Many of the Homoeopathy in Practice   workers there had musculo-skeletal problems and he began to help them.  He set up a clinic which he ran from a friend’s house in the evenings after he had finished work.  Because of his lack of qualifications, he couldn’t advertise but news of his successful treatments spread quite quickly.  Tom eventually stopped daytime work and concentrated on his clinic.  

He treated all kinds of conditions.  It was remarkable that many people only needed to come for treatment a couple of times.    It was established in the early 1970s that Tom, aided by an assistant, was doing an estimated 280 treatments a week (13,000 per year).  80% of these were first or second treatments.   

Tom taught his methods to six men (his assistants) over the span of his therapeutic work.  He developed and hones his techniques over the years, as most practitioners do, and therefore each of the men Tom taught learned his work from a slightly different viewpoint and at a different stage in Tom’s career.  

Following his death in the 1980s, each of these men has continued Tom’s work in a different way.  It continues to be developed by others, which explains why internationally there are various approaches using the Bowen  Technique   

Working at Skin Level 
Important factors in working at skin level (even with a clothed patient) are that the skin is the largest organ of the body and also the largest sensory organ.  Skin is richly endowed with nerves and blood; nerves fire the endocrine system and blood is the endocrine transport system.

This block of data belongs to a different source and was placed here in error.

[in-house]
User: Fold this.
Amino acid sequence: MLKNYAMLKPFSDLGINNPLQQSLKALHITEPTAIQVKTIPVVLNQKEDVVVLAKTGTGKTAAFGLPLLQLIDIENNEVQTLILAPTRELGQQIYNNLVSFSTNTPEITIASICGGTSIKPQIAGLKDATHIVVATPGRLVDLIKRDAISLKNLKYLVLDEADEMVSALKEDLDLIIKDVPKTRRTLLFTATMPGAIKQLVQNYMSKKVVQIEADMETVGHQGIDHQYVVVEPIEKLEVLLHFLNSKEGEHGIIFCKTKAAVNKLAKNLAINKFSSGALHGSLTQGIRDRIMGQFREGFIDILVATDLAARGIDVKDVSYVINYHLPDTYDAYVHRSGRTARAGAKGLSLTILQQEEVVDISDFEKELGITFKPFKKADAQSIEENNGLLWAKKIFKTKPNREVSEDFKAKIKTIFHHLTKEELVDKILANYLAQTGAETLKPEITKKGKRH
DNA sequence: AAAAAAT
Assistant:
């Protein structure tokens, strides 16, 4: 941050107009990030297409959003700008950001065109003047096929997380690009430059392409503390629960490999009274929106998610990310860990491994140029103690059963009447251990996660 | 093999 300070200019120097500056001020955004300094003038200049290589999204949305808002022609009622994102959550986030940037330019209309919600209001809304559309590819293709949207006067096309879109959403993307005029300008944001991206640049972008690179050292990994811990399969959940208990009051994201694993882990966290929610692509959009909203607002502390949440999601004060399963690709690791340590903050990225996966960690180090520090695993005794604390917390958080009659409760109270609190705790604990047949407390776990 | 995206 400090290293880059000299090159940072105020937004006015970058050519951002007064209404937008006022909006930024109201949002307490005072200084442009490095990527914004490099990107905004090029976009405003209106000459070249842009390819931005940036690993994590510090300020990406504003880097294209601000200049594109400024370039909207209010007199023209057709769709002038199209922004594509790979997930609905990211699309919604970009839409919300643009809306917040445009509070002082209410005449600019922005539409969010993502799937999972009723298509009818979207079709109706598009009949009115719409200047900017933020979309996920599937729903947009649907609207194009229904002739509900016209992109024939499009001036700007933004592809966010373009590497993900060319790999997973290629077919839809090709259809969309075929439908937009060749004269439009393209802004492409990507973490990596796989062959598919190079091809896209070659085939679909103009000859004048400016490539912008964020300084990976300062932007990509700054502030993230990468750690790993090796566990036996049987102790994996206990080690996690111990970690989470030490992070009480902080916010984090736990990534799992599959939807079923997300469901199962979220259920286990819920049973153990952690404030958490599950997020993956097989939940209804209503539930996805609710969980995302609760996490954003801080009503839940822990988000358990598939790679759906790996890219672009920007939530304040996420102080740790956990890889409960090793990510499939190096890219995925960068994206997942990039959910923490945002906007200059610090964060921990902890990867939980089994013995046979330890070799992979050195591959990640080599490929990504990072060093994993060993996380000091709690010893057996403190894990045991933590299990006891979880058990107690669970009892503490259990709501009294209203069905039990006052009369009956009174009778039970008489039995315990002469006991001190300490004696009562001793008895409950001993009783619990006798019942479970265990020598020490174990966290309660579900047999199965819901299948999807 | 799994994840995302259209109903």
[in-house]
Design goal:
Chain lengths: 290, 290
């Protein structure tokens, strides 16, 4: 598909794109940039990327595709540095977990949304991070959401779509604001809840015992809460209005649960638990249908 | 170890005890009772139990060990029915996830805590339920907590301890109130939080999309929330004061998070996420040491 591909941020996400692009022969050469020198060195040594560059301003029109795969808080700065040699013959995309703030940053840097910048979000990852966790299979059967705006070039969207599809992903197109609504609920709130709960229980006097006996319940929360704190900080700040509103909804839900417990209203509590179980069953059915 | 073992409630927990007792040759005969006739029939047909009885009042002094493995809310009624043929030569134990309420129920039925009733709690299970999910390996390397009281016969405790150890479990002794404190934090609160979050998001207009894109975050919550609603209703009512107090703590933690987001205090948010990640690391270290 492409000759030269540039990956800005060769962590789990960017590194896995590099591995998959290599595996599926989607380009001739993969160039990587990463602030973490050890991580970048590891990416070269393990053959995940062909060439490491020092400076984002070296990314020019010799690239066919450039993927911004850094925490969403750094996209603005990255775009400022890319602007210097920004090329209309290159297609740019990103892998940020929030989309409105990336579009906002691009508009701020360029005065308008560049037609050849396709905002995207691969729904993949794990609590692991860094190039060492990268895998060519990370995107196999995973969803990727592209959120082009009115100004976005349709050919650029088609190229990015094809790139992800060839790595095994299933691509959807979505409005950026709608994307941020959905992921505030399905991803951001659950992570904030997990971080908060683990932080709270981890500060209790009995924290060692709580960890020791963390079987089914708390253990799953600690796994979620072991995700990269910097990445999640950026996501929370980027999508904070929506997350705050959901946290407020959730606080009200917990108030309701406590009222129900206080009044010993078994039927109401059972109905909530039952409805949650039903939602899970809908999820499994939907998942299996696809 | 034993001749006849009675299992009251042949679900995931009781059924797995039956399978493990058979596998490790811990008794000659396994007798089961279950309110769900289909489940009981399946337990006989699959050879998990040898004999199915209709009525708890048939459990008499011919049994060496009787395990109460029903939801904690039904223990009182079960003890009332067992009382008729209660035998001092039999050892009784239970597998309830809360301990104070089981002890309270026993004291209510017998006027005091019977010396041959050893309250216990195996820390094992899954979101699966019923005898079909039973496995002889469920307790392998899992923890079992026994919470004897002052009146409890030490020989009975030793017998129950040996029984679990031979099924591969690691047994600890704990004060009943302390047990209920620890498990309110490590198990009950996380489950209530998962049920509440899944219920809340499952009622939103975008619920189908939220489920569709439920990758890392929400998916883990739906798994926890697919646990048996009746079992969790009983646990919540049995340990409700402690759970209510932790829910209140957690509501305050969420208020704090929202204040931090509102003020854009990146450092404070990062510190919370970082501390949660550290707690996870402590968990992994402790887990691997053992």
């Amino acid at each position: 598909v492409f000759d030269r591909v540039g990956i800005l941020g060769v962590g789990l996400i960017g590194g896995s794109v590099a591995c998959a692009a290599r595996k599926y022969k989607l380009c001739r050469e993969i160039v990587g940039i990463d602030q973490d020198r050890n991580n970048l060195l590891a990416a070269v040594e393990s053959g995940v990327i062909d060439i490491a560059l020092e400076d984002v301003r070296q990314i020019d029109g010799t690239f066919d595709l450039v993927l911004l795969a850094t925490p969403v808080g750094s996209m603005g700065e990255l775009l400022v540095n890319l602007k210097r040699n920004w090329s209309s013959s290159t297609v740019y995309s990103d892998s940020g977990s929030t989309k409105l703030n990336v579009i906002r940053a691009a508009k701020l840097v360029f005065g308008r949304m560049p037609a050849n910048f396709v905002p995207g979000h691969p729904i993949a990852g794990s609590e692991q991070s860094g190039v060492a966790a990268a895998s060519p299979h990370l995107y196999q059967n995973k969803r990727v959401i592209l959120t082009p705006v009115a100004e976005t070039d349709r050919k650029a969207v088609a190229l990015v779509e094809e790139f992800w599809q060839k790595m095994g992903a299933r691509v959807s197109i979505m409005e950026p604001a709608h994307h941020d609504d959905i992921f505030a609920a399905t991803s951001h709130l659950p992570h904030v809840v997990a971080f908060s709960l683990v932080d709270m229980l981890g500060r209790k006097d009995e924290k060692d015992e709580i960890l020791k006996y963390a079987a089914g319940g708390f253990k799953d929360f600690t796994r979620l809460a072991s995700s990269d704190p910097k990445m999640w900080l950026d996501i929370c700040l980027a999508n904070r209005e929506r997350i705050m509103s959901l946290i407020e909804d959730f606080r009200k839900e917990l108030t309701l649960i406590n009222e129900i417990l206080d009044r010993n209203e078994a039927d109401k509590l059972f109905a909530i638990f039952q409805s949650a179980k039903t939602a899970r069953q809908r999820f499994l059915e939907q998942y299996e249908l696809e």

Deane Juhan’s intriguing in-depth book, Job’s Body, a Handbook for Bodywork, explains the embryonic tie between the central nervous system and the skin which we develop from three embryonic layers of cells.  Endoderm develops into internal organs.  Mesoderm develops into connective tissue’ the bones and skeletal muscle.  Ectoderm develops into skin and the nervous system.  The building blocks for skin and brain are integral at that early stage of development.  

Juhan continues by saying that the most superficial and the deepest parts of us spring from the same tissue and further on he states that:    “…it is the chemical and sensory make-up of the skin which provides the ‘template’ for the connections and reflex patterns within the brain, not the other way around.”   

After some illumination regarding the importance of a mother’s touch, he continues:   “By virtue of the skin’s close association with the central nervous system, this cutaneous stimulationis literally awakening organic functions in the newborn’s internal organs.” 

Fascia runs throughout the body providing a connecting web for every part and aspect of our being.  Superficial fascia lies just beneath the skin.  It connects skin to adjacent parts, helps movement of the skin and is a slithery medium interlaced with nerves and blood vessels.